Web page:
Because of the way in which he gave prominence to, and ultimately dealt with, the question of the knowability of “things as they are in themselves”, Geulincx’ position has often been associated with the critical philosophy of Immanuel Kant. Ernst Cassirer (1874-1945), for instance, saw both Geulincx’ thesis of the unknowability of “things in themselves” (translated in German as Dinge an sich) and his view that all human understanding is dependent on “forms of thought” brought in by ourselves, as prefigurations of the Kantian position. Although he remained careful not to deny the differences between Geulincx and Kant, the Flemish Geulincx scholar (and former nazi-sympathiser in exile) Herman de Vleeschauwer (1899-1986) in 1957 agreed that if one defines “Criticism” as the theory according to which “we know things only by the medium of our forms of thought”, one could no longer “regard it as the personal discovery of Kant” (De Vleeschauwer, 1957: 63).

In general terms, Geulincx’ alertness to the possible incongruity between the logic of our thoughts and the structure of the outside world may indeed be compared to Kant’s. It may even be extended beyond Kant to serve as a comparison between the Flemish Cartesian’s criticisms of scholastic views and Wittgenstinian, as well as postmodern censures of the metaphysical suggestion that logical forms reflect an ontological structure of things. At the same time, Geulincx stood closer to other seventeenth-century denunciations of Aristotelianism inspired by Descartes, such as John Locke’s. Exposing scholastic metaphysics as a logical scheme functional only within the domain of our daily interaction with macroscopic objects, Geulincx’ evaluation of Peripatetic metaphysics, although it is cast in a rather scholastic terminology itself, anticipates Locke’s view in so far as it confirms the idea that there is a purely nominal aspect to the Aristotelian manner of metaphysical categorisation.

And yet Geulincx’ Metaphysica ad mentem peripateticam creates a sense of epistemological alienation that goes far beyond Locke’s criticism of the notion of substance. If, as a direct consequence of Cartesian natural philosophy, Geulincx argued that scholastic types of analysis in metaphysics might be exposed as logico-linguistic frameworks only, this not only meant that there is a certain contingency to the “essences” derived from mere experience; it also meant that the logic of substance itself was mistaken, and that, accordingly, the search for “substantiality” was ill-conceived. Geulincx did, of course, accept the existence of a universal “Body”, but for him, this idea was not dependent on the vague conceivability of a substantial substrate to which one might attach accidental properties. For Geulincx, the notion of Body-as-such may simply be deduced from the fact that one finds many “thoughts” (cogitationes) in one’s conscious experience that do not depend on oneself. Accordingly, there is something out there, something orchestrated by God. This is the World itself, no less— but there is no sense in continuing, like Locke, to see this World as a substance with properties, or to lament the indistinctness of this “something”. With respect to substan­tiality, we should rather be aware that we are misled by our own intellect into searching for it in the everyday world of things. In the Principia philosophiae, Descartes himself had already argued against trying to conceive of substantial beings behind the forms of “extension” and “thought” that we find in nature. Geulincx drew the ultimate conclusion by arguing that the search for a universal “something” of which the property of being extended is an “accident”, arises from the mistaken belief that the world is structured along the lines of our “modes of thought”.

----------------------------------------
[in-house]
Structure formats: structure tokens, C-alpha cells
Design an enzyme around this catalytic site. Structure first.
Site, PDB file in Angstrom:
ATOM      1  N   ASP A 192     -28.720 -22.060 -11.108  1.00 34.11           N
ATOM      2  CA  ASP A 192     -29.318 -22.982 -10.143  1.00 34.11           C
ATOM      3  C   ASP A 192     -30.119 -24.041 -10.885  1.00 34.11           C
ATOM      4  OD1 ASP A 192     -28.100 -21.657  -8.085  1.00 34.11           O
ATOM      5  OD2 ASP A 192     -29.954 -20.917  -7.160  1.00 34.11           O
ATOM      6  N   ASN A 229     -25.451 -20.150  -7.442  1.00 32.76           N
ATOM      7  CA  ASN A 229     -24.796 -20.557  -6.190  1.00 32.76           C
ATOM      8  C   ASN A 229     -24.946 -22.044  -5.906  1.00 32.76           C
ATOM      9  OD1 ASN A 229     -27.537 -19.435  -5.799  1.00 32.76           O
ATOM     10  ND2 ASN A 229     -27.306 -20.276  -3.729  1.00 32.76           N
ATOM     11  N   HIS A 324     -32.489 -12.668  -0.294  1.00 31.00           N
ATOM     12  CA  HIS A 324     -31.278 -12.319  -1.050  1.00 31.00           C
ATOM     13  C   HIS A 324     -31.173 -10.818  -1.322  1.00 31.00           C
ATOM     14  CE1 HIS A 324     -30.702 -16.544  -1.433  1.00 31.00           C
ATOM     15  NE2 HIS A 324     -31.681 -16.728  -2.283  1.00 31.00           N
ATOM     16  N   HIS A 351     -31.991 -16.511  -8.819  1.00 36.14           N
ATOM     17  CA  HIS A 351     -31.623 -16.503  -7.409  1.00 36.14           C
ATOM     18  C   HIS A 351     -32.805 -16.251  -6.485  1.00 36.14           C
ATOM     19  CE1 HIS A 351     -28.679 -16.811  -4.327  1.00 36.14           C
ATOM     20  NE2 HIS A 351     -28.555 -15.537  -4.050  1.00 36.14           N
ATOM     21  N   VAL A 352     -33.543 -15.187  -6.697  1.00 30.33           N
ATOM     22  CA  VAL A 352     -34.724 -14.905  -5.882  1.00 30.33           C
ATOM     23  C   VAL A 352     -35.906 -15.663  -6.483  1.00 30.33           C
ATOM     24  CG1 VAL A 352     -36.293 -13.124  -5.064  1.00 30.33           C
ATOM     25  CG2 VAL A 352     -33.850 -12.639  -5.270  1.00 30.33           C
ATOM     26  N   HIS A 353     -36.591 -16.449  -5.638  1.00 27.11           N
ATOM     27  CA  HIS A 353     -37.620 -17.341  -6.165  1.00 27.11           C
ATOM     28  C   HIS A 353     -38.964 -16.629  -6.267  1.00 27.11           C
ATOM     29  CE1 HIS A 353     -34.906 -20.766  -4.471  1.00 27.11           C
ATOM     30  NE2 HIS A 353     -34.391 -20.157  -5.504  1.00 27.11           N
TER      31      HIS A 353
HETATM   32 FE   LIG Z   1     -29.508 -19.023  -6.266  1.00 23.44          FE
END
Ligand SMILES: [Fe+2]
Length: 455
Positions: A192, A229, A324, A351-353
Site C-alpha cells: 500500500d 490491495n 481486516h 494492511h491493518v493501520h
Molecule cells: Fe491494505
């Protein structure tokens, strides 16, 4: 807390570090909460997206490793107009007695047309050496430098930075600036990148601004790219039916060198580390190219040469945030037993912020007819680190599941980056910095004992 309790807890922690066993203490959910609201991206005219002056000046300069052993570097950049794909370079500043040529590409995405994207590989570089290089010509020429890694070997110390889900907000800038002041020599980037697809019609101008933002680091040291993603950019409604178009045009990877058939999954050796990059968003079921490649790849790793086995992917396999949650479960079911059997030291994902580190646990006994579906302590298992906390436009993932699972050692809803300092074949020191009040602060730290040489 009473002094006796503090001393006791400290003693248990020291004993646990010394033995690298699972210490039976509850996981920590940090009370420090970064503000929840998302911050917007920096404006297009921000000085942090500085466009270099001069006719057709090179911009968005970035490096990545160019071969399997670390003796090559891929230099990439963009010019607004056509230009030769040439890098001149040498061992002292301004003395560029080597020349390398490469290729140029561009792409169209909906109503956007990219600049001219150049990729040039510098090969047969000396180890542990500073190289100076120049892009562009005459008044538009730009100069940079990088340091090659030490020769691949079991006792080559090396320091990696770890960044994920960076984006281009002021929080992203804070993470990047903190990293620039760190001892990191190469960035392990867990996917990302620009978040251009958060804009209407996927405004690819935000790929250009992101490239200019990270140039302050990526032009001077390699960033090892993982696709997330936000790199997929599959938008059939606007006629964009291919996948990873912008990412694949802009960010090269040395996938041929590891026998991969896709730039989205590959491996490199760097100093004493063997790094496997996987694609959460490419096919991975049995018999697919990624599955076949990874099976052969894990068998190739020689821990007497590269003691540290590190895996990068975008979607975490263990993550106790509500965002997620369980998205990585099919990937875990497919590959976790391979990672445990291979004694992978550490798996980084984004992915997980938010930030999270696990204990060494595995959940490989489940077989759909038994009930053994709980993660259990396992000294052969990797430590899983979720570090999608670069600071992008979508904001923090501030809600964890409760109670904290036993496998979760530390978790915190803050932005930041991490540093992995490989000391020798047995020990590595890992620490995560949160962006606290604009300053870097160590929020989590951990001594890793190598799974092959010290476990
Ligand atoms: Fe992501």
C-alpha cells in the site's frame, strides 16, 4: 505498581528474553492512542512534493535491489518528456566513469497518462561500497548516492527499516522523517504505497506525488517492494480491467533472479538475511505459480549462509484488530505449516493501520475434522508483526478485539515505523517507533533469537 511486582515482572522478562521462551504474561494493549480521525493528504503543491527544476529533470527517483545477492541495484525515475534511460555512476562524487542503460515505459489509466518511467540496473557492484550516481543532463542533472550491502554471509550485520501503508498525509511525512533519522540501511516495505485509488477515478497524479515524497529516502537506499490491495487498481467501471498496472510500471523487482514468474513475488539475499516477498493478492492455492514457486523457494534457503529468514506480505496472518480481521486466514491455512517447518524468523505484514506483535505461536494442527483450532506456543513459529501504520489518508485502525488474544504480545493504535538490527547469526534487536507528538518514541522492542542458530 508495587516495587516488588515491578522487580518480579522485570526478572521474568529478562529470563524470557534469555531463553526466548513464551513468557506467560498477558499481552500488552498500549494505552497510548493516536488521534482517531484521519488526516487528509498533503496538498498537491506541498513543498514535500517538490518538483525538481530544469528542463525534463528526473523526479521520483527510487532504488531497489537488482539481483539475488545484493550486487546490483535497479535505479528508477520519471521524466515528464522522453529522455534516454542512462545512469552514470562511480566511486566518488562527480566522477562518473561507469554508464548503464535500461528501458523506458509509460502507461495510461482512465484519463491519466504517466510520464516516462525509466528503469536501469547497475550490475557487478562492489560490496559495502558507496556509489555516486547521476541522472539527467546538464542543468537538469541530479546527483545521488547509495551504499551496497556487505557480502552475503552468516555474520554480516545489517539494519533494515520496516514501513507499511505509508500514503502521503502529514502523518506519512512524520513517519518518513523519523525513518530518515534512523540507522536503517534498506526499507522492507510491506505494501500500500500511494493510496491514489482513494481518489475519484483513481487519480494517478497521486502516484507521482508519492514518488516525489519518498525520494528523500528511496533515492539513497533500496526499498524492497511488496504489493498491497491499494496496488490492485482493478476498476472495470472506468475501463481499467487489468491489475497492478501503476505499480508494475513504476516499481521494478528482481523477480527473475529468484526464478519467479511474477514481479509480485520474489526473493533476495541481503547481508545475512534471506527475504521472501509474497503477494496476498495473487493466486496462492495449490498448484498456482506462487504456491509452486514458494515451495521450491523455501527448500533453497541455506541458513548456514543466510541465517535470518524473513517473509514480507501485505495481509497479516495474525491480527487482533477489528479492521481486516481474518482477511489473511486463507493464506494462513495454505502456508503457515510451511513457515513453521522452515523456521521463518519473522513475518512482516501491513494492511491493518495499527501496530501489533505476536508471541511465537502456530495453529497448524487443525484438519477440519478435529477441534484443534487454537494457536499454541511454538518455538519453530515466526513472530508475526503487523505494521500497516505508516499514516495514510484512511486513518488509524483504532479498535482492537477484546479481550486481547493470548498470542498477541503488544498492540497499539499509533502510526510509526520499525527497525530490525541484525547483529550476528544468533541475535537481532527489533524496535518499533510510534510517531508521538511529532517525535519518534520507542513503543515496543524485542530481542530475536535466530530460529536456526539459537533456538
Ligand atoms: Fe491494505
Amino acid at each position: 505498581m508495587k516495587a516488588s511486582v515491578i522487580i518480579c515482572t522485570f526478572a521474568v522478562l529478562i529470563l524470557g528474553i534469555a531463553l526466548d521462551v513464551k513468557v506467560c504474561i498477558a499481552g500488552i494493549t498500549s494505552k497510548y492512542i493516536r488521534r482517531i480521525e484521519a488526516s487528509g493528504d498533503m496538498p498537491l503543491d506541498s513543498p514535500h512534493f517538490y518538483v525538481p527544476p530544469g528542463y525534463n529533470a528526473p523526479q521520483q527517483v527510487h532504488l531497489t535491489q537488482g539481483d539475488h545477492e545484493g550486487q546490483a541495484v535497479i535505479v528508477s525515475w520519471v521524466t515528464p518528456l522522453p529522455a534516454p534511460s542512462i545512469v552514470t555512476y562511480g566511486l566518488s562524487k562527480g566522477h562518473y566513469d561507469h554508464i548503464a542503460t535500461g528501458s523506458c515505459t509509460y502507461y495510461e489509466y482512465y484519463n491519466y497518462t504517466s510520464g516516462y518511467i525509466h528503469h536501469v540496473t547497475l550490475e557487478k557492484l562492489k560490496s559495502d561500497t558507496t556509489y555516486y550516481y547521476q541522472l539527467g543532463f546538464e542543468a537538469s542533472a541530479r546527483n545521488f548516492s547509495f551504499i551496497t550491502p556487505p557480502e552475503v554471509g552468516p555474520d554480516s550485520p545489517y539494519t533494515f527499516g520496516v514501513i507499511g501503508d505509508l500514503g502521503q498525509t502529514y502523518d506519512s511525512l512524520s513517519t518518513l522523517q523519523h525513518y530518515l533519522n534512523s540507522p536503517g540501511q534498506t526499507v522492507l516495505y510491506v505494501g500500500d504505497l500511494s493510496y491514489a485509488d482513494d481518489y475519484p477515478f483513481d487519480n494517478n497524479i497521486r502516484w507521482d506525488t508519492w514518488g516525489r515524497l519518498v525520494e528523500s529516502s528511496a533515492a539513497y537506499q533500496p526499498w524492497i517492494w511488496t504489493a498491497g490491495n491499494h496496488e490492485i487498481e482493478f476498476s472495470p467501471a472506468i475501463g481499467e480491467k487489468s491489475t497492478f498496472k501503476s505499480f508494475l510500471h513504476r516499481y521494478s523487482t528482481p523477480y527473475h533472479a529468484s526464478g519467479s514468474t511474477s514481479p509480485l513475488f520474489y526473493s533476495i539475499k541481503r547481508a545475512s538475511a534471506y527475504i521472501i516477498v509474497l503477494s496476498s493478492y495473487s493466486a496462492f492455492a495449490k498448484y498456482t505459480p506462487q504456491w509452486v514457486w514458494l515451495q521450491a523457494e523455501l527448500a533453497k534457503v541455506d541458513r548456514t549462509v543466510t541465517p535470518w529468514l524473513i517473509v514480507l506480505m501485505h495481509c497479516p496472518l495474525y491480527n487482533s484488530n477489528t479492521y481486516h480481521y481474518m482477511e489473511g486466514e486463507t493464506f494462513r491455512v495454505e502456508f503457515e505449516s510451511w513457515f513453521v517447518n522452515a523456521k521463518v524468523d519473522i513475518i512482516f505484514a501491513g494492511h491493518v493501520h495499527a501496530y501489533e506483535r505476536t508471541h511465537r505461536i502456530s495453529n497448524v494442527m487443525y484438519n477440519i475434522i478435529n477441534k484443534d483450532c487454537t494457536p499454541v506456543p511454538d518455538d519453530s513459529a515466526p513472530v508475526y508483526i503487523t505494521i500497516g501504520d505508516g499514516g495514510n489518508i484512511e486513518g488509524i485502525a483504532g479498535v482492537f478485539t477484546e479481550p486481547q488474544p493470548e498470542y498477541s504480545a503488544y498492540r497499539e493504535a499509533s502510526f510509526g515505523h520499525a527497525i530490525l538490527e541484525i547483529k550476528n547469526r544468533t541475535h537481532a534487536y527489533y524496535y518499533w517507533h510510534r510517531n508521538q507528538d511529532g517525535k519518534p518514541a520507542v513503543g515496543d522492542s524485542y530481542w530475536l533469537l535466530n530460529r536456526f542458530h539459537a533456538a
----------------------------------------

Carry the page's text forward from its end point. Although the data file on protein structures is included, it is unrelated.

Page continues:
As a consequence, Geulincx does indeed come close to Kant in the sense that his emphasis on the unknowability of things is modified by the idea that the world as it is “in itself”, remains hidden to our observation and eludes our limited epistemological capabilities to grasp what is actually there. Still, Geulincx’ arguments are very different from Kant’s. According to the Flemish philosopher, our intellect imposes a grid on our experience on account of which we necessarily envision the external world as a world of “things”. Doing so, our metaphysical imagination follows the linguistic and logical habit of distinguishing substantives from adjectives in language and subjects from predicates in logic. The problem with scholastic metaphysics is that it draws ontological conclusions from such cognitive ways of dealing with reality. Just as we attribute our sense impressions to the outside world even though, at least at a certain level of mental development, we become aware that such attributions are incorrect, so too should we, with respect to our intellectual understanding of things, come to doubt the way in which we attribute our cogitationes to things in themselves.